Tuesday, September 25, 2012

MaxDog by Caryl Moll

Note - This review originally appeared on my dogs' blog. Here's a link to that blog. 
DWB stands for Dogs With Blogs (yes there is a whole world out there of dogs that blog).

MaxDog by Caryl Moll
5 stars
would read it again!

Mango Momma review (short version)

Loved it! Buy it!

Go to Maxmom's blog here and look for the image of the book in the sidebar for instructions on how to buy it.

Mango Momma Review (long version)

I delayed buying this book. Why? Because I have come to know Maxmom through DWB and I was worried that I wouldn't like it. Then what? But I did finally send her an email, made my payment via PayPal and about a week later, my autographed copy arrived.

I'm not too proud to admit that I read the chapter entitled "Mango, Muiris and Maxdog" first. In fact I read it twice. And after I read the forward, I went back and read chapter 22 again. With that out of my system, back I went to chapter one.

I was worried during the first few chapters. "Oh no! Maxmom isn't like me at all!" Right up front she was bemoaning the idea of getting a "big" dog (Golden Retriever) and I was writhing with envy over the way her entire family participated in training and the fact that she was able to spend so much time with Max.

That didn't last long. As the story progressed, I related more and more with Maxmom and her journey getting to know Max. Maxmom is honest about her personal struggle with depression and loneliness. I doubt I am the only DWB mom who can identify with that.

I don't want to spoil the story. Let's just say that "life happened" to Maxmom, as it does to all of us, and sometimes she didn't handle it well. Sometimes my heart ached over her struggles and I wanted to make the story stop.

When Maxmom discovers the Internet, and DWBs in particular, I was totally there! She was telling my story! Her journey into blog land, finding all the other crazy DWB people, feeling part of something... "hey! that's me!"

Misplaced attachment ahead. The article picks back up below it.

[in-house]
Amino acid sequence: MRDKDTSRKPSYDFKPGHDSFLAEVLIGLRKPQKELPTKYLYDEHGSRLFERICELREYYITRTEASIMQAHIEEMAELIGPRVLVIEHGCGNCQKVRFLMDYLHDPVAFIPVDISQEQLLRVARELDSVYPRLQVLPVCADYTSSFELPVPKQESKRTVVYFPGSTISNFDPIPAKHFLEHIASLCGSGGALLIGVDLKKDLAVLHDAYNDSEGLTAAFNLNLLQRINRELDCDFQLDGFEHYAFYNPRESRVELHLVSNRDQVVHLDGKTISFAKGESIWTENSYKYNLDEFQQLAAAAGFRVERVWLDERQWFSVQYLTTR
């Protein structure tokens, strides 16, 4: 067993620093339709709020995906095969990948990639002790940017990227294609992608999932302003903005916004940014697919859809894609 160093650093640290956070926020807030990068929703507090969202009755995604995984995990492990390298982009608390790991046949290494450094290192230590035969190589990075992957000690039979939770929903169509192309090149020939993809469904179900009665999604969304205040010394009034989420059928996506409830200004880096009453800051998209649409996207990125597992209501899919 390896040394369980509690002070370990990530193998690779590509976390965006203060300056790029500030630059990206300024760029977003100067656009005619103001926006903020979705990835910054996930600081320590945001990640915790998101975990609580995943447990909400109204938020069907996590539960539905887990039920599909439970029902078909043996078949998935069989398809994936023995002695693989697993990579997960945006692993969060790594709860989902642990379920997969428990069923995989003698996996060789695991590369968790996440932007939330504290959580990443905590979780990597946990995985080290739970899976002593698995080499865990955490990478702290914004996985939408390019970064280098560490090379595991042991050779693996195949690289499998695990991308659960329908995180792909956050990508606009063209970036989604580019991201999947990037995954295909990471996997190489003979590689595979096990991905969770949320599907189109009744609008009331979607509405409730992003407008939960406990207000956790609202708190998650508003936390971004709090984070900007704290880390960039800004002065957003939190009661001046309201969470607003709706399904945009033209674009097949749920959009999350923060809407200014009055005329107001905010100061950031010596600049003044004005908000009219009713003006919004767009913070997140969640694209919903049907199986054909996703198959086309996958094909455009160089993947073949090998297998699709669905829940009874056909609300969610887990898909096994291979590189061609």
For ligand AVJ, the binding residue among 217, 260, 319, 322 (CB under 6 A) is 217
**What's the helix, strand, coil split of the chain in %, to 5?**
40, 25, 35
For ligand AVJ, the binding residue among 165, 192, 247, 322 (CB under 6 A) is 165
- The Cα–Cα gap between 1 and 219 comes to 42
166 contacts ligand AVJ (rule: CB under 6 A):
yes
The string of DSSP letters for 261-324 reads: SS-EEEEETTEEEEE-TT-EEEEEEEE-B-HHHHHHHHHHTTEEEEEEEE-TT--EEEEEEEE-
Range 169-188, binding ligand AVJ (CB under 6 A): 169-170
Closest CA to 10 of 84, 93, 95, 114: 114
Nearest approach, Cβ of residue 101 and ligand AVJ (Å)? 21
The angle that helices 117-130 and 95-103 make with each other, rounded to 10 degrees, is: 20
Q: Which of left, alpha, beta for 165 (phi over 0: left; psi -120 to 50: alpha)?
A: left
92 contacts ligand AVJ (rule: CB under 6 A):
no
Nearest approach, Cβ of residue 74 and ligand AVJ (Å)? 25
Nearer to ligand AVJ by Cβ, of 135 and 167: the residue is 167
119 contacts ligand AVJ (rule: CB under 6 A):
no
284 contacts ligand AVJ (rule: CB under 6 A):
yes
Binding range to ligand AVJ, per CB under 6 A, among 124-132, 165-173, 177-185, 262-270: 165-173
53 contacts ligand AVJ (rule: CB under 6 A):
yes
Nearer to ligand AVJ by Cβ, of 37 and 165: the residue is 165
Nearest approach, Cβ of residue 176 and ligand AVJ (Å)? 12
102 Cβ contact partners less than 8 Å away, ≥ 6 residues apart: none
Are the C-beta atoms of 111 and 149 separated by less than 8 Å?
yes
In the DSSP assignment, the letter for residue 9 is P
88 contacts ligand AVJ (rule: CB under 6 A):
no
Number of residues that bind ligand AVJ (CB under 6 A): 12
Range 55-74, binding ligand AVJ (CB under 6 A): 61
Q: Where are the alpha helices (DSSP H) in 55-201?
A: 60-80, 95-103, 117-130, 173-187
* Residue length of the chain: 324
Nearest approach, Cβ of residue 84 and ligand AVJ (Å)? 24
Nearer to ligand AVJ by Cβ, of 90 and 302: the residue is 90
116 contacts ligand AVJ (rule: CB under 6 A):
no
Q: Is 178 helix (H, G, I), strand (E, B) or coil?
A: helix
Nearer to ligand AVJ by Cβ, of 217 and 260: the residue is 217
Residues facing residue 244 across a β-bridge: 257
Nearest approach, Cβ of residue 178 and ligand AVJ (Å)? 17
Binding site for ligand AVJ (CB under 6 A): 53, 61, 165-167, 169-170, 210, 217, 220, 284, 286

I confess that when Max was sick, I found continued reading of the blog almost unbearable. I even stopped commenting. "How many times can I say 'I'm thinking of you?' " I regret that now. I didn't really understand the power of the DWB community and how important each and every comment is when our beloved pets are ill. Not two months after Max made his final journey, Mango had his first seizure and I learned for myself how much comfort there is in even the briefest comment.

At the end of the day, I think that is what this book is about. It's about how life can really be difficult for all of us and how the Internet has allowed us to connect with each other from around the world to share the good times and the bad with like minded people.

Some readers will recall Mango's big adventure in South Africa (see below). When I contacted Maxmom to ask if Mango and his pals could go and visit Maxdog the only thing I was thinking was "Hey, Maxdog looks pretty cool and wouldn't it be fun to do an adventure with Mango and his pals in an exotic location like South Africa?"

It wasn't until Maxmom sent me a copy of chapter 22 to proof read that it dawned on me that she had been worried about how I might depict her country (which has certainly had its share of turmoil and controversy). But that's emblematic of the DWB circle for me. I know that I don't share political or religious views with lots of my Internet friends. I know that I have different values and ethics than some of them. But we share a love and devotion to our pets that overrides those differences.

If you are interested in Mango's big adventure in South Africa, here are links to each installment:


  1. It's nice to read a book by someone you sort of know, especially when you can relate to it! And that Mango had a guest role in the book is just icing on the cake. I think all of your Mango adventures are tastefully done. I have to say that after "knowing" you for several years now, I don't really know your positions on politics, world events or whatnot. And that's a very good thing. People force their opinions on others much too harshly these days, and judge those who think differently. I'm glad that Maxmom was pleased by Mango's adventures in South Africa, and that she wrote a book showing that we're all more alike than different.

  2. Have approached the edge of buying and reading this, but I have a permanent Old Yeller psychological scar that keeps me away from books where animals die. Guess that's why I liked "Jack: A Book Where The Dog Doesn't Die In The End" so much. That and the words of one syllable. I'm sure this would be a challenging and deeply rewarding book, like Kiss of the Spider Woman, once I commit myself to the plunge. Reliving Mango's African adventure was pure pleasure [ok, tinged with melancholy].